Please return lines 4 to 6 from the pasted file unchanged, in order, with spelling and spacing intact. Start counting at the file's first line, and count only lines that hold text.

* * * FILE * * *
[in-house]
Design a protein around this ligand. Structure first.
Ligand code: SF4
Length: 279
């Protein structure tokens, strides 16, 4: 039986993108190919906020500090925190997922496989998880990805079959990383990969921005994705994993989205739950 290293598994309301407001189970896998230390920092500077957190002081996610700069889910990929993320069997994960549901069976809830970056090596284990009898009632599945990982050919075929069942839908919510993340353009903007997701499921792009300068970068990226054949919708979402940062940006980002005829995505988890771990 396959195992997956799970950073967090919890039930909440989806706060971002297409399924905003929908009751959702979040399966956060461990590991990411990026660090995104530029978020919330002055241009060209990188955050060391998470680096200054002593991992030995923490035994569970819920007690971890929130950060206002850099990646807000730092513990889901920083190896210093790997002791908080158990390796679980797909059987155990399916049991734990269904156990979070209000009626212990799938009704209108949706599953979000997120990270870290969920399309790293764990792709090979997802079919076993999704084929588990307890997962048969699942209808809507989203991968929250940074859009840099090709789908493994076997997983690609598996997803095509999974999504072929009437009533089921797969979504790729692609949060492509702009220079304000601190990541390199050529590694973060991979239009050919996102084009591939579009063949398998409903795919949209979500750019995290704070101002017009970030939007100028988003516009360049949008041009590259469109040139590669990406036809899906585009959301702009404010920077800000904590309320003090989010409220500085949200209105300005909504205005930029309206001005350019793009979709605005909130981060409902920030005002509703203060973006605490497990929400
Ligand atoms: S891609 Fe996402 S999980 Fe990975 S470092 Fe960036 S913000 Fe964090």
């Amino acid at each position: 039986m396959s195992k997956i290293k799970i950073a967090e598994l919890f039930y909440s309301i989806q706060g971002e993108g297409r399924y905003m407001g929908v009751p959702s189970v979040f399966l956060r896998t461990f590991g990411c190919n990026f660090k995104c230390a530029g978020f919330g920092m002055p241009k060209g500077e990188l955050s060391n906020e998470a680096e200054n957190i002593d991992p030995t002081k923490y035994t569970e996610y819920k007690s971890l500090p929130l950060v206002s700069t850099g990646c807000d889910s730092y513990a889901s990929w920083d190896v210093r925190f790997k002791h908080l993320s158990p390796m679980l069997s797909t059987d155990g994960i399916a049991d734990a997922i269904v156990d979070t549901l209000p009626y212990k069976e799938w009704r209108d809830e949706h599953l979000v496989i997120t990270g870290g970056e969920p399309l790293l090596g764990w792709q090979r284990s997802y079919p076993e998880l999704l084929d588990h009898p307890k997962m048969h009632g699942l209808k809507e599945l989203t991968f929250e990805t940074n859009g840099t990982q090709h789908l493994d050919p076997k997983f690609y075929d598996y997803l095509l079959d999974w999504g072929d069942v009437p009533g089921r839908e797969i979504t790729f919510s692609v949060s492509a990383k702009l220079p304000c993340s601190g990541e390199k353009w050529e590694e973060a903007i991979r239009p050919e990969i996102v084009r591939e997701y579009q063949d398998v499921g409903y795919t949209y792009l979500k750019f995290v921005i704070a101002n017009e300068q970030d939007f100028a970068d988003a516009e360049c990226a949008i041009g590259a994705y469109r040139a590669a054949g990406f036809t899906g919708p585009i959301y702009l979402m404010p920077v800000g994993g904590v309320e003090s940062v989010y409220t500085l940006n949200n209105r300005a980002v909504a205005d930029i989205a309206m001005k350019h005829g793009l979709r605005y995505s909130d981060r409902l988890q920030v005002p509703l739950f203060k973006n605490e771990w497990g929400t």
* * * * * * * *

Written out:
Length: 279
């Protein structure tokens, strides 16, 4: 039986993108190919906020500090925190997922496989998880990805079959990383990969921005994705994993989205739950 290293598994309301407001189970896998230390920092500077957190002081996610700069889910990929993320069997994960549901069976809830970056090596284990009898009632599945990982050919075929069942839908919510993340353009903007997701499921792009300068970068990226054949919708979402940062940006980002005829995505988890771990 396959195992997956799970950073967090919890039930909440989806706060971002297409399924905003929908009751959702979040399966956060461990590991990411990026660090995104530029978020919330002055241009060209990188955050060391998470680096200054002593991992030995923490035994569970819920007690971890929130950060206002850099990646807000730092513990889901920083190896210093790997002791908080158990390796679980797909059987155990399916049991734990269904156990979070209000009626212990799938009704209108949706599953979000997120990270870290969920399309790293764990792709090979997802079919076993999704084929588990307890997962048969699942209808809507989203991968929250940074859009840099090709789908493994076997997983690609598996997803095509999974999504072929009437009533089921797969979504790729692609949060492509702009220079304000601190990541390199050529590694973060991979239009050919996102084009591939579009063949398998409903795919949209979500750019995290704070101002017009970030939007100028988003516009360049949008041009590259469109040139590669990406036809899906585009959301702009404010920077800000904590309320003090989010409220500085949200209105300005909504205005930029309206001005350019793009979709605005909130981060409902920030005002509703203060973006605490497990929400
Ligand atoms: S891609 Fe996402 S999980 Fe990975 S470092 Fe960036 S913000 Fe964090």